Exergaming is expected to be a joyful activity in itself for people with dementia and, thus, a feasible way to motivate them to engage in physical activities in a safe manner [36,37,38,39]. International studies which included people living with dementia show some promising effects of exergaming, for example that it can improve physical [40, 41], cognitive [38, 40] and emotional functioning [41]. Small-scale pilots in Dutch psychogeriatric day-care centres and nursing homes also yielded encouraging results [32, 42, 43]. Moreover, exergaming motivated older people with dementia to exercise longer and the videos sometimes evoked memories, which led to mental activation [42]. Additionally, it was relatively easier for staff to get people with dementia involved in physical activities, because they were motivated to exercise [42]. However, more robust research studies are needed to investigate the effects of exergaming in comparison with the physical activities people normally perform in their daily lives [33]. Furthermore, there is also a lack of research into exergaming for people living with dementia on the effects of informal caregivers, as well as on cost-effectiveness and implementation [33].

This article describes the design of a cluster Randomized Controlled Trial (RCT) and process evaluation that intends to contribute to the evidence base for the effect of exergames on physical activity in people with dementia. The aim of our study is to investigate the effectiveness and cost-effectiveness of exergaming compared to regular activities in people living with dementia, who attend day-care centres. Additionally, we want to investigate whether the exergaming activity for the person living with dementia, also (indirectly) affects the informal caregiver, in regard to quality of life, experienced burden and positive care experiences.

We theorize that exergaming has a positive effect on several domains of quality of life of people living with dementia and their informal caregivers [44]. The physical exercise involved in exergaming may promote physical fitness, as well as the physical and emotional functioning of the person living with dementia. Additionally, through the interaction with the game on a screen the cognitive and emotional functioning of the person living with dementia might be influenced positively. Moreover, the social engagement involved in participating in the exergaming activity in a day-care centre (e.g., by cycling together or interacting with spectators) may positively affect social functioning. For informal caregivers, we expect that they will find it reassuring to know that the person with dementia is engaged in a meaningful activity, that they can talk about afterwards. Moreover, the informal caregivers may notice a positive change in the behaviour of the person with dementia, because they have been engaged in a fun activity. This may contribute to positive care experiences of the informal caregivers as well as a reduction in the experienced burden of the informal caregiver. Taking into account all these factors we expect that exergaming will have a positive effect on the quality of life of both the person with dementia and the informal caregiver.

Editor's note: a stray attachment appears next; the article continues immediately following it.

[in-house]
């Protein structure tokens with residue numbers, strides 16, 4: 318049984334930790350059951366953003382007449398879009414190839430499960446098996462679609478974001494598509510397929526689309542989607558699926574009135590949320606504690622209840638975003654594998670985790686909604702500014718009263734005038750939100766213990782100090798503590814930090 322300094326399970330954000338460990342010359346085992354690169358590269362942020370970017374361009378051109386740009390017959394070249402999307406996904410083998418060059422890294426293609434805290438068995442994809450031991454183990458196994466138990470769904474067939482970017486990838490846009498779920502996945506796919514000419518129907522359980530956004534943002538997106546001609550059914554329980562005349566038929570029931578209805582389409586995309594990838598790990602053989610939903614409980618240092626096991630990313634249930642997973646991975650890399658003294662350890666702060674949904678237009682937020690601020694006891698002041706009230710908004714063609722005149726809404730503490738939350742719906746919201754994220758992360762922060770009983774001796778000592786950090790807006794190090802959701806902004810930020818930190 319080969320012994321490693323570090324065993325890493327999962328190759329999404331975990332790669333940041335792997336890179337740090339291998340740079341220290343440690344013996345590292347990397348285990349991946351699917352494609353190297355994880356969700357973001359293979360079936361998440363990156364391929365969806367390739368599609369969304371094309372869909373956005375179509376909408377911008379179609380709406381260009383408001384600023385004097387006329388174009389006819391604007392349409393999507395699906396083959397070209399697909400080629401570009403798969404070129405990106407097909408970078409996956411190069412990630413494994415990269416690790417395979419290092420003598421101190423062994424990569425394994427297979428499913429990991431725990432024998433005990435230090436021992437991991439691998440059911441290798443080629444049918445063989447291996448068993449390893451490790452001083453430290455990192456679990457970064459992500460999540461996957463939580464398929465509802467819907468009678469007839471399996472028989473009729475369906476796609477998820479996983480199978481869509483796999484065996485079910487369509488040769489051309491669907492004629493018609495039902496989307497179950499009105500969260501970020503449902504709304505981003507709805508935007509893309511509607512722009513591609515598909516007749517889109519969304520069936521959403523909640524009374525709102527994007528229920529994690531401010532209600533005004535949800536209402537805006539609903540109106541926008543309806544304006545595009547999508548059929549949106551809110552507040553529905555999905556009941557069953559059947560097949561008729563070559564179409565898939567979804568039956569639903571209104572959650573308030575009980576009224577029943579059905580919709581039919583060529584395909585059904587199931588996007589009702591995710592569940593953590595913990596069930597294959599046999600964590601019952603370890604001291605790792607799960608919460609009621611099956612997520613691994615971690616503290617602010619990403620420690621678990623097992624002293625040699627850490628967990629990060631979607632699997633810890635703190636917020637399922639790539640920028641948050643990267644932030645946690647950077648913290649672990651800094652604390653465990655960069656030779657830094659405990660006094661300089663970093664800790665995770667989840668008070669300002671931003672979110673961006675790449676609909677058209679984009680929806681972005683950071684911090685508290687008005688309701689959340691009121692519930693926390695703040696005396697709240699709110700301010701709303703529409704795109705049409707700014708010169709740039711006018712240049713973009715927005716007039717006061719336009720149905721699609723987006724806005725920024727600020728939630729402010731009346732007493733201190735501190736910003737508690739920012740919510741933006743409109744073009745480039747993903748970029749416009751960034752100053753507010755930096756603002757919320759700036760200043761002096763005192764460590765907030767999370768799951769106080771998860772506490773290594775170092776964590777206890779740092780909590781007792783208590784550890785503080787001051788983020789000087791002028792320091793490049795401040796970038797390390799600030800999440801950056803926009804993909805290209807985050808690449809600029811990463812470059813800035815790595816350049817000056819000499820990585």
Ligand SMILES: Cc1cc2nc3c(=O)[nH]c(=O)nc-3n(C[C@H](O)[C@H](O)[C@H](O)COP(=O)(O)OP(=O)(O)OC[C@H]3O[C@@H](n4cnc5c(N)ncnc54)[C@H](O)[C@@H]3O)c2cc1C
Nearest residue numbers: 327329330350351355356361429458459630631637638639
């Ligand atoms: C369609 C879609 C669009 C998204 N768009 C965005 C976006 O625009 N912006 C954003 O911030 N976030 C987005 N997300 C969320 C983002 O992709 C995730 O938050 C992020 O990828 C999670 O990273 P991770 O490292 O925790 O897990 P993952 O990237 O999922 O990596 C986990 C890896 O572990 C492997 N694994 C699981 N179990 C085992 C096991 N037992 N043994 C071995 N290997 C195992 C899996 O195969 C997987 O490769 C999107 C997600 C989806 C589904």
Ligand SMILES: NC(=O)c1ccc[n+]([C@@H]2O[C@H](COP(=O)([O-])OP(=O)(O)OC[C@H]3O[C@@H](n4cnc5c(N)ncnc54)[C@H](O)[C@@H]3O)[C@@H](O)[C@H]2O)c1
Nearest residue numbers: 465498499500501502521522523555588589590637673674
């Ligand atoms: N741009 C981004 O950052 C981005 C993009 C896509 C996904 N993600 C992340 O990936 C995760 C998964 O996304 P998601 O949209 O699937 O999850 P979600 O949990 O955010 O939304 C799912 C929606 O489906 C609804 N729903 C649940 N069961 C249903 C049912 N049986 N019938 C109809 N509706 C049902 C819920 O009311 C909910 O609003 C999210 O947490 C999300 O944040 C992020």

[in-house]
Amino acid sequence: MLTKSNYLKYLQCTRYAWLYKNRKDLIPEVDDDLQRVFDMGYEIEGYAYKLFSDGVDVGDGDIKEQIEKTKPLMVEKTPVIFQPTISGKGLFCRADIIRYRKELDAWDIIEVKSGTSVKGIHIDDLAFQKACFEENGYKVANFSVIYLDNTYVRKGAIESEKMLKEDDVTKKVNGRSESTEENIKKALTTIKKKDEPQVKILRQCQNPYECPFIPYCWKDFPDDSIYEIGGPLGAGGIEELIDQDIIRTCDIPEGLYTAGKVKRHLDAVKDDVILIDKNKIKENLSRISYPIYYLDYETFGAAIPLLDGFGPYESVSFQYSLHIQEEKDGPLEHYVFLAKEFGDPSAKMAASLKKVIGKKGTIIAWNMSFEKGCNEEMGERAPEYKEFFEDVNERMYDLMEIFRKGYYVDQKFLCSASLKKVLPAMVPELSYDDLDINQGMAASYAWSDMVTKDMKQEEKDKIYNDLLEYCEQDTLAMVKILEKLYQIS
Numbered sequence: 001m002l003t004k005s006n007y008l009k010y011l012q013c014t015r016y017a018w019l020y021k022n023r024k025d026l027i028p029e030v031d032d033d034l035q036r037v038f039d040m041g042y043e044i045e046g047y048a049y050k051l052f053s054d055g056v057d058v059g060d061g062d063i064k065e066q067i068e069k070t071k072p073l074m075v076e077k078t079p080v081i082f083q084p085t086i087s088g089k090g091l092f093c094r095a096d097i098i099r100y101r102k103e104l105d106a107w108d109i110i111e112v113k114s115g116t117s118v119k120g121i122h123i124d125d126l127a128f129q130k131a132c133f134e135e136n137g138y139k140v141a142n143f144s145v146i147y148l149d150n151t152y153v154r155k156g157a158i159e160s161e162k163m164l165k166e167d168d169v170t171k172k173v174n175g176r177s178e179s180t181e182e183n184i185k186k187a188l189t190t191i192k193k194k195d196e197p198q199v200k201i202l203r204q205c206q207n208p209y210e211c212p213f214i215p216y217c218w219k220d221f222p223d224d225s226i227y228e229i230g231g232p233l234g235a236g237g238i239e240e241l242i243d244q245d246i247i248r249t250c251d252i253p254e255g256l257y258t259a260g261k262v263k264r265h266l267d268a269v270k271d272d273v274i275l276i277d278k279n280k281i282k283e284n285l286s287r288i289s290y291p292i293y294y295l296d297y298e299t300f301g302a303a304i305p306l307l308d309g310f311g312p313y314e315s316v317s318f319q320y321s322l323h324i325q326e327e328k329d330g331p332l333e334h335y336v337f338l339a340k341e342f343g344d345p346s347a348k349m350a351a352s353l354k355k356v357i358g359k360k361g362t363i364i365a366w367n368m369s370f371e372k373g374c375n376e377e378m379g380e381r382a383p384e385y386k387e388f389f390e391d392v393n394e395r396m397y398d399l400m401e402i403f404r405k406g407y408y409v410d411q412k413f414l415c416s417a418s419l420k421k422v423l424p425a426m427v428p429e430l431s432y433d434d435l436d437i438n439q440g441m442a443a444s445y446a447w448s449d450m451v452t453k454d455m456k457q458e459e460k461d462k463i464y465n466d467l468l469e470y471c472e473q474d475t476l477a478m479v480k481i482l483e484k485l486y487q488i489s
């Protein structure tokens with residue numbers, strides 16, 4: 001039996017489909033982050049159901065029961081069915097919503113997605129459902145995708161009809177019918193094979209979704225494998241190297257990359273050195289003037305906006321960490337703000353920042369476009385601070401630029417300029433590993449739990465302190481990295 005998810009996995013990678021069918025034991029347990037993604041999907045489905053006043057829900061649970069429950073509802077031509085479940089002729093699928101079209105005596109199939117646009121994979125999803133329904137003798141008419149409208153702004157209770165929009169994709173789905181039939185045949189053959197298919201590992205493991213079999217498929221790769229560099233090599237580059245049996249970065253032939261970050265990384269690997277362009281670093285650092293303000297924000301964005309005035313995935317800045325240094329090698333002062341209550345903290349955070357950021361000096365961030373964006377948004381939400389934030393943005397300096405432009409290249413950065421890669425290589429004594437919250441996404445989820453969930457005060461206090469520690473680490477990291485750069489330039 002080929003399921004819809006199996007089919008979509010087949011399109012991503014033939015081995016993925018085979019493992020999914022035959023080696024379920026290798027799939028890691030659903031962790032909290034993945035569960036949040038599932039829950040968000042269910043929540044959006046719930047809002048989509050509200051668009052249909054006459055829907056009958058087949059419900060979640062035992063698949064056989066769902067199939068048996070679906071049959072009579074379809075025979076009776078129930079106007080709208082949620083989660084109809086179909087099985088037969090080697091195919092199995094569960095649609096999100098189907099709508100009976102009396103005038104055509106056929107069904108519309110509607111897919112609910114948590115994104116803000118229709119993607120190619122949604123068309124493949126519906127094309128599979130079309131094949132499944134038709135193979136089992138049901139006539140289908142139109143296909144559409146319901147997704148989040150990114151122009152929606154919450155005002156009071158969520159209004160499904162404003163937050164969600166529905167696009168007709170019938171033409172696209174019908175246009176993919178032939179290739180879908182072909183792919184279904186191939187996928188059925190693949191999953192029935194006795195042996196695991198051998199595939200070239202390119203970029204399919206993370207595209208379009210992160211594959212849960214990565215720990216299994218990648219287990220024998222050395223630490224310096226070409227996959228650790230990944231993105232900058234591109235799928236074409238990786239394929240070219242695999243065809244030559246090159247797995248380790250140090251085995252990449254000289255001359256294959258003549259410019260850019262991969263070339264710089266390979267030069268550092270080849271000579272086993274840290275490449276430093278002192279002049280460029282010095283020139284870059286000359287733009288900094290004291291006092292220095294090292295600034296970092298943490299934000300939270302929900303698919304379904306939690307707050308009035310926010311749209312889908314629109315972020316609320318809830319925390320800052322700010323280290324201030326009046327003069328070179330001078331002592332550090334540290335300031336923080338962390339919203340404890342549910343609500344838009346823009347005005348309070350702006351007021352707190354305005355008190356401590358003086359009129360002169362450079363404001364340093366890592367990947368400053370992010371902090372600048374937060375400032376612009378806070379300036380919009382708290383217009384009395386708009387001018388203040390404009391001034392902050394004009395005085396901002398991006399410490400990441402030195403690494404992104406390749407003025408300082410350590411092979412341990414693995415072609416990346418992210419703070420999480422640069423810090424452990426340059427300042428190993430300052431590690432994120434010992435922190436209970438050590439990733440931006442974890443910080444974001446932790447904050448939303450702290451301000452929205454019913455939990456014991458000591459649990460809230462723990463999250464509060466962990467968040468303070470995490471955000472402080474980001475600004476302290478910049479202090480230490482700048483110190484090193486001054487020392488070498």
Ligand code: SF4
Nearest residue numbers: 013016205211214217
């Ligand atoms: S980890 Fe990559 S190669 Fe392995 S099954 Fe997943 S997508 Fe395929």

The objectives of our study are to conduct:

  1. 1.

    An effect evaluation to determine whether:

    1. a.

      persons with dementia in day-care centres with exergaming are more physically active and have improved mobility compared to persons with dementia in day-care centres without exergaming;

    2. b.

      exergaming has a positive effect on the physical, cognitive, emotional and social functioning and the quality of life of people with dementia. in comparison to regular activities offered in day-care centres;

    3. c.

      exergaming has an effect on quality of life, experienced burden and positive care experiences of the informal caregivers;

    4. d.

      exergaming is cost-effective from a societal perspective in comparison to regular activities in day-care centres for people with dementia and their informal caregivers.

  2. 2.

    A process evaluation to determine:

    1. a.

      whether people with dementia (in the exergaming group) enjoy the exergaming activity and whether this is related to characteristics of the participant or the context;

    2. b.

      facilitators and barriers to implementation of exergames for community-dwelling people living with dementia;

    3. c.

      how people living with dementia, informal caregivers, staff of day-care centres and companies developing exergames think we can best apply the exergaming intervention for people with dementia;

    4. d.

      how well exergaming was executed in the day centres during the RCT and whether care professionals saw benefits in its use.


Study design and setting